Julia discovers that a few residents’ gluten-free diet orders that are based on the individual’s or family’s preference, rather than a diagnosis of CD or non-celiac gluten sensitivity. “Going gluten-free” has been a recent trend for healthy adults and older adults. Julia knows that gluten-free living is not necessary for optimum health, weight loss, increased energy or other health claims unrelated to celiac disease.8 Even though Julia advises these individuals that a restrictive diet is not necessary, some residents and/or families disagree and want to continue a gluten-free diet, despite the expense and/or difficulty adhering to the diet. The facility should honor these preferences to the degree possible, and Julia should document in the medical record that the diet is based on preferences, not a medical diagnosis. Julia should also discuss the risks of following the diet, including unnecessary avoidance of favorite foods.

Obtaining Gluten-Free Foods

Food service operations may not always be able to purchase specific brands and types of gluten-free food from their suppliers. Julia needs to inform her residents/families if this is an issue, and let them know that they can bring gluten free foods into the facility as long as they follow the facility policies based on local, state and federal regulations for using food from outside sources.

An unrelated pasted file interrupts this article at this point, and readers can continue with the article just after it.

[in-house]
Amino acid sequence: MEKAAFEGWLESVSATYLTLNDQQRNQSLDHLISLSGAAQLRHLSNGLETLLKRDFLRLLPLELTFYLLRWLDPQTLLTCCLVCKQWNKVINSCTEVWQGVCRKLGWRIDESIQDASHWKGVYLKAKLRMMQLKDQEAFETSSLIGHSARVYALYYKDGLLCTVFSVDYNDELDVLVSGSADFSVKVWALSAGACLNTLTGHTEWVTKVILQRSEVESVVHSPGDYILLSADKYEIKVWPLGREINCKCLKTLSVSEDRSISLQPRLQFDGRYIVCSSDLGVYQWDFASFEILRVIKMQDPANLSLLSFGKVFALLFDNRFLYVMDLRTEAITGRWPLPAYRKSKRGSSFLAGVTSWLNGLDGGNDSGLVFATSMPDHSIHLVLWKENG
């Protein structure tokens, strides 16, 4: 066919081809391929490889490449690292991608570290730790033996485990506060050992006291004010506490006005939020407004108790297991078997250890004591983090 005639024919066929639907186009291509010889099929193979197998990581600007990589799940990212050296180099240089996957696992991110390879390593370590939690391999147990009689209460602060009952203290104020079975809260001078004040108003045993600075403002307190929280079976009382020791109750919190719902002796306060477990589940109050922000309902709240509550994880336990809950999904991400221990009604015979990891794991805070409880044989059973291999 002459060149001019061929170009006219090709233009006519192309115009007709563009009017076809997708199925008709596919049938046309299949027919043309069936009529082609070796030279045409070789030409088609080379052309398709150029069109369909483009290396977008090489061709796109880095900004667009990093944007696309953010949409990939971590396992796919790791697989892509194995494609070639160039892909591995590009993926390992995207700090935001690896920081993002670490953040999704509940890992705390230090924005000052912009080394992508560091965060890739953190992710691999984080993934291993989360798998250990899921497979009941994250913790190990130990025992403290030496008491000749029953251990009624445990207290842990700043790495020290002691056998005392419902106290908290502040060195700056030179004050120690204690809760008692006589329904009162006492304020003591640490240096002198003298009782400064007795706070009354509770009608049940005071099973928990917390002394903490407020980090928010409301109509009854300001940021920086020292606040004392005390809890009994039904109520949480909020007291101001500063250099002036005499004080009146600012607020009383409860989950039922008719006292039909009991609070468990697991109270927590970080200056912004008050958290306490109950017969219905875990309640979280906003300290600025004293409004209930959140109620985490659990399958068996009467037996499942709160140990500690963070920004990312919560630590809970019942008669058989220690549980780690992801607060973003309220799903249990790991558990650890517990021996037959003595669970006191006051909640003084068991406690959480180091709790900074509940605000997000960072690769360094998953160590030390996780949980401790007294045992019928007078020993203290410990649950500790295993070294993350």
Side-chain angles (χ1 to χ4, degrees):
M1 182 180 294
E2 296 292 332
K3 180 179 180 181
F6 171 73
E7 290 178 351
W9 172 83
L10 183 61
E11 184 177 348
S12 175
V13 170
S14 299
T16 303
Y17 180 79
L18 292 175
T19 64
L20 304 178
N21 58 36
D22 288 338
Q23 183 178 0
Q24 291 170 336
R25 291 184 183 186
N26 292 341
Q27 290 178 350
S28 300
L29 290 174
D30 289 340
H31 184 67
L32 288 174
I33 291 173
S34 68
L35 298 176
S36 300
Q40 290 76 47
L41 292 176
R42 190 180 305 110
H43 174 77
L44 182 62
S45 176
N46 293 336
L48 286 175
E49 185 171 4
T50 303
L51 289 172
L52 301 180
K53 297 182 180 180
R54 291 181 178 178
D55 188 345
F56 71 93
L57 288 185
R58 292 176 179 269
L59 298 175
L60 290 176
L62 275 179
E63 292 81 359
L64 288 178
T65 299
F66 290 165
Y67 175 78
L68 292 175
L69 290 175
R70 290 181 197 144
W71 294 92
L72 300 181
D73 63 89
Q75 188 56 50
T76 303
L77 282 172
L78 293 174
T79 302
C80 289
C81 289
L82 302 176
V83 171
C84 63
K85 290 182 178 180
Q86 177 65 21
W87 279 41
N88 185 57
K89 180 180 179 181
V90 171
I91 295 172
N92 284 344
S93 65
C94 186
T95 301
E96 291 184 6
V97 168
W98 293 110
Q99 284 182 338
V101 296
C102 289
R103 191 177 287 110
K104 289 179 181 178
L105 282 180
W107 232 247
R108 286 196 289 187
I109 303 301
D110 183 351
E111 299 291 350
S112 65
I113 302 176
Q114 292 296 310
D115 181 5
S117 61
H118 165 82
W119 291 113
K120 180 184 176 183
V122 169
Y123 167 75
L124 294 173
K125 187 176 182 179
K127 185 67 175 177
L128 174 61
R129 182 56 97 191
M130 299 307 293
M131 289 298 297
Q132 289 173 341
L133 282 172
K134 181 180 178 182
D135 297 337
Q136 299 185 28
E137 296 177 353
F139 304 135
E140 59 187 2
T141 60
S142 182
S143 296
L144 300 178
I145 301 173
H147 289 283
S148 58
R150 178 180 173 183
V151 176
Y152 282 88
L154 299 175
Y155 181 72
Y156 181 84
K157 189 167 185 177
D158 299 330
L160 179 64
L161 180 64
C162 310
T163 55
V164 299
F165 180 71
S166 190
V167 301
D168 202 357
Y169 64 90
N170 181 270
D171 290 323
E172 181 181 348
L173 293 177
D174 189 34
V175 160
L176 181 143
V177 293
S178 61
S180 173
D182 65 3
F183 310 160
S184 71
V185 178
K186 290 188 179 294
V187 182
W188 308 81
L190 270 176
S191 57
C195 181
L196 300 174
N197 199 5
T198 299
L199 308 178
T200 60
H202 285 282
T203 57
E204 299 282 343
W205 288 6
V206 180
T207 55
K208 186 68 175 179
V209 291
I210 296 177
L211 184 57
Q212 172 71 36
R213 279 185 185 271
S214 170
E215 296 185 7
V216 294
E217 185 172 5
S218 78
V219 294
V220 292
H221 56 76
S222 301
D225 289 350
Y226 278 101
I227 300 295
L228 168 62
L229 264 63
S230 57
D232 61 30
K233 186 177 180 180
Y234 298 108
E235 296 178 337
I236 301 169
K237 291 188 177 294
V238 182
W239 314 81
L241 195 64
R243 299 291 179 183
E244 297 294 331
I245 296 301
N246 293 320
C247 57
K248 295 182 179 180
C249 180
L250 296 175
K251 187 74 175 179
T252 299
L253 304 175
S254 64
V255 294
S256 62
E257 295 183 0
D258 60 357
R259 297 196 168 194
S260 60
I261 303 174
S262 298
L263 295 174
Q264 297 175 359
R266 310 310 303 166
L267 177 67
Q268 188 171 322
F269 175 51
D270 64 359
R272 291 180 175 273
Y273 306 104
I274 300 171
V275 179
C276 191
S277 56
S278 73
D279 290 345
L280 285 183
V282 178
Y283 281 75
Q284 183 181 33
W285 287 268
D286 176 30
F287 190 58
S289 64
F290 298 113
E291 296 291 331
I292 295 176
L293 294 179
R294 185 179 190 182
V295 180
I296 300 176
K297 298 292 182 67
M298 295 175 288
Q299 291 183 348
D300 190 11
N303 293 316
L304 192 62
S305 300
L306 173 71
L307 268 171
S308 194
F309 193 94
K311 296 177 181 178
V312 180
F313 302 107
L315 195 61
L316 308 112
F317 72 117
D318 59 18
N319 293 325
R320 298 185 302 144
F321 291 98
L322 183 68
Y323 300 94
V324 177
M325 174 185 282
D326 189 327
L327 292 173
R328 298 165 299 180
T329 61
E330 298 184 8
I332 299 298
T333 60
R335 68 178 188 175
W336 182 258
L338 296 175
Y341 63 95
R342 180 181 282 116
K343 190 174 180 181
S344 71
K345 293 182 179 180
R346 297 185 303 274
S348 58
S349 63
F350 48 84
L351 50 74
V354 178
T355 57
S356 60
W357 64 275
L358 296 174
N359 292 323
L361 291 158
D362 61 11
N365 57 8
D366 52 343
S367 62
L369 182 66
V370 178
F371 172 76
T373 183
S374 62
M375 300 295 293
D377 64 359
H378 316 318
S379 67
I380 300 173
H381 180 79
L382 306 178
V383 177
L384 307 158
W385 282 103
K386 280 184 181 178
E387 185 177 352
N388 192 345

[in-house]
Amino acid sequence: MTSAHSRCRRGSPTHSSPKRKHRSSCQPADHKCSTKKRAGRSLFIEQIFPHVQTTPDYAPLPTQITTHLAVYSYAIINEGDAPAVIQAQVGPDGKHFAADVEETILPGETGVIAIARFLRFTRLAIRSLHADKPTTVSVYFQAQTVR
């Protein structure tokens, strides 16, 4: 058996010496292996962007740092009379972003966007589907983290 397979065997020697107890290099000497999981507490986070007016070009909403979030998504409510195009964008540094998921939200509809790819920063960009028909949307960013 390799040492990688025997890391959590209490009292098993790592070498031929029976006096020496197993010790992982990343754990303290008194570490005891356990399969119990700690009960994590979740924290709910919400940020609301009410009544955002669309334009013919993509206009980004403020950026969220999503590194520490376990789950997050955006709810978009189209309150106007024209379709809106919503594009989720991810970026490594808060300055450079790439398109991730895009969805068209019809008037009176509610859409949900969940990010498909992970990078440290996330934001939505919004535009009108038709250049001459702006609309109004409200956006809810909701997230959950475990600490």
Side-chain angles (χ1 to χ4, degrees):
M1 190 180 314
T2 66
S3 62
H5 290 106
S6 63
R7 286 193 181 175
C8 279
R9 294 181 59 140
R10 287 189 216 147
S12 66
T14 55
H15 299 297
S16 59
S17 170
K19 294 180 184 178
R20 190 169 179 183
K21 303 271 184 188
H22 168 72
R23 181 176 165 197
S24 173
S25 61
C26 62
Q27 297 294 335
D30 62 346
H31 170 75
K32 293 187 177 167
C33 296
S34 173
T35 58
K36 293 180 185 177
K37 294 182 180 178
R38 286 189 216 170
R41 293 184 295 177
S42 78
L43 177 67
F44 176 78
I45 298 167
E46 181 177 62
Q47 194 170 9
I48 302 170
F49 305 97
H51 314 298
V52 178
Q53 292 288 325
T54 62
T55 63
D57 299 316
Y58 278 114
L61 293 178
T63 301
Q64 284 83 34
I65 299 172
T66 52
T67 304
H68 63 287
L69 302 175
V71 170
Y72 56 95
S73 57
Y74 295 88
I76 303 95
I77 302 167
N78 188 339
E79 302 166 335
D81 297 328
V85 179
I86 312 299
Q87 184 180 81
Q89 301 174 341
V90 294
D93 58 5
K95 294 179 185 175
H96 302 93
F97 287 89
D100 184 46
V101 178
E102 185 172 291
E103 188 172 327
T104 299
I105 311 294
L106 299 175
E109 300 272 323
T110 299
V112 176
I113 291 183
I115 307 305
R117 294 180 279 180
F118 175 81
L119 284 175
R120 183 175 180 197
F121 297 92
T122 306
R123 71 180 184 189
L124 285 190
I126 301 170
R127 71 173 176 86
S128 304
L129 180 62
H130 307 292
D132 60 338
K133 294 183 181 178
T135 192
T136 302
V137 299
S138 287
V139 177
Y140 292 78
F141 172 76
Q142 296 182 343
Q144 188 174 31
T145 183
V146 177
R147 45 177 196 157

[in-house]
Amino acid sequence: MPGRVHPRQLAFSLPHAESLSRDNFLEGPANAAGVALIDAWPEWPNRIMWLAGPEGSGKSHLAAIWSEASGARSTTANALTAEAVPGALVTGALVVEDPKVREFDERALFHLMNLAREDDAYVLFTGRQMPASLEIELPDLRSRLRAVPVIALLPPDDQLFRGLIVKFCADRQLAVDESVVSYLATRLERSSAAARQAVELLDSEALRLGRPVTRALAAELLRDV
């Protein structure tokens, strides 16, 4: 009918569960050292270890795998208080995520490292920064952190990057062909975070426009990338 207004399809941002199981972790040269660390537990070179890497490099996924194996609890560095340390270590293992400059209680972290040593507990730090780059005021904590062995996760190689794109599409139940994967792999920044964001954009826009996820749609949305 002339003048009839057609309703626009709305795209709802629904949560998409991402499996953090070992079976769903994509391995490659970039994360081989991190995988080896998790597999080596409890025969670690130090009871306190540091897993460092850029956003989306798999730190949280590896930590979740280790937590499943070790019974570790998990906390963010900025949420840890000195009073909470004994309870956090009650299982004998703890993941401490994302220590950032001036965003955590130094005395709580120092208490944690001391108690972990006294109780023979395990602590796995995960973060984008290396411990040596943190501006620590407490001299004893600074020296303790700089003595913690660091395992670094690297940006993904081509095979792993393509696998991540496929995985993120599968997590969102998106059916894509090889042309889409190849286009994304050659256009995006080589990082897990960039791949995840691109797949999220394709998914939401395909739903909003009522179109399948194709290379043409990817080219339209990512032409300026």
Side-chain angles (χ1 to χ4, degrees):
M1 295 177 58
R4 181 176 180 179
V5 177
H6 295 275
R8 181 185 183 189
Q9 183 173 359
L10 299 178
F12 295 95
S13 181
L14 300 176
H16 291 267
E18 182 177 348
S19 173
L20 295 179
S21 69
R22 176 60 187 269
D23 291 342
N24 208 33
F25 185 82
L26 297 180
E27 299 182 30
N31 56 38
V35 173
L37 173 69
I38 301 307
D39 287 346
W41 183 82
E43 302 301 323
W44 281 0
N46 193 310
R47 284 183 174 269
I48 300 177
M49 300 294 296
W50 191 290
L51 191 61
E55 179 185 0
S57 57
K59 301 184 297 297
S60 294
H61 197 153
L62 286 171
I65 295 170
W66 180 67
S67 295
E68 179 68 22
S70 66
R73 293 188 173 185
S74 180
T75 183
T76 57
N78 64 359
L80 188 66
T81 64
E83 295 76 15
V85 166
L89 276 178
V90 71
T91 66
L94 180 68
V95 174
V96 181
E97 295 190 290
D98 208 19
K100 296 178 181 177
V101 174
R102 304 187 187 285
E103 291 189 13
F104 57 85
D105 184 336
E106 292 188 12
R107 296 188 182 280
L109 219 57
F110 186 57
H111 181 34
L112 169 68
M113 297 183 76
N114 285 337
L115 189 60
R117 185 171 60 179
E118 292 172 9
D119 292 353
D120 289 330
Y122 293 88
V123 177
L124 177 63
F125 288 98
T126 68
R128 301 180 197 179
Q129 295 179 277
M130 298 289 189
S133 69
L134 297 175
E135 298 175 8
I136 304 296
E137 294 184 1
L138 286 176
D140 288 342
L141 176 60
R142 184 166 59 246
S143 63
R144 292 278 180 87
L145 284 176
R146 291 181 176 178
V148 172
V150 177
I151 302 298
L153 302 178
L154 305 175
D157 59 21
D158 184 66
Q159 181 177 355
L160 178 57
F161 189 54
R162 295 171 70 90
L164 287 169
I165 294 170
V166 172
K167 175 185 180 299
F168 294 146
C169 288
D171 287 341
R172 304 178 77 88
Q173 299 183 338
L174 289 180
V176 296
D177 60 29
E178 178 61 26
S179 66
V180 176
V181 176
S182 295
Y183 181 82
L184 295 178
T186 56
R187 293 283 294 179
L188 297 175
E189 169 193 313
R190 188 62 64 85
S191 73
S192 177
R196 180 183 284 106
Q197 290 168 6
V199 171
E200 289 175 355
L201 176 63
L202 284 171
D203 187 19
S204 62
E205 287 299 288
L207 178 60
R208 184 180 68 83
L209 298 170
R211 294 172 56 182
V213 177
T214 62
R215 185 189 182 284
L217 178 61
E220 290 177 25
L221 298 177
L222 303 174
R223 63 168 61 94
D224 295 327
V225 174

The Bottom Line for Health Care and Post-Acute Care

Gluten free diets in health care facilities can be challenging on many levels. The first step for Julia is to determine which gluten free diet orders are based on diagnosis versus personal choice. Some older adults have a diagnosis of CD or non-celiac gluten sensitivity and require a gluten-free or gluten-restricted diet. These older adults need to be offered appropriate foods and encouraged to follow their diet, but the ultimate choice on whether or not to adhere to dietary restrictions is up to the individual. As the RDN, Julia should provide support and resources and counsel individuals according to their needs and preferences.

Originally published May 13, 2019.


References

  1. Celiac Disease: The Facts. National Celiac Association. https://nationalceliac.org/wp-content/uploads/2020/02/NCA-Fact-Flyer-Seniors.pdf. November 2019. Accessed October 18. 2022.
  2. Collin P, Vilppula A, Luostarinen L et al. Review article; Celiac disease later in life must not be missed. Aliment Pharmacol Ther. 2018;1-10. doi:10.1111/apt.14490.
  3. Rashtak S, Murray JA. Celiac disease in the elderly. Gastroenterol Clin North Am. 2009;38(3):433-446. doi.10.1016/j.gtc.2009.06.005.
  4. Ravindran NC, Moskovitz DN, Young-In K. The Aging Gut. In: Chernoff R, ed. Geriatric Nutrition. 4th ed. Burlington M: Jones and Bartlett Learning. 2014:250-251.
  5. Bernstein M, Munoz N. Nutrition for the Older Adult. Third edition. Burlington MA: Jones and Bartlett Learning; 2020:232.
  6. VanReken AW, Kay RE, Ireton-Jones CS. Medical nutrition therapy for lower gastrointestinal tract disorders. In: Krause and Mahan’s Food & the Nutrition Care Process. 15th ed. St. Louis MO: Elsevier; 544-578.
  7. Escott -Stump S. Nutrition & Diagnosis-Related Care. Ninth edition. Chicago IL: Academy of Nutrition and Dietetics; 2022:551.
  8. Case, S. Gluten Free: The Definitive Resource Guide-Revised Edition. Regina Saskatchewan Canada: Case Nutrition Consulting, Inc. 2022.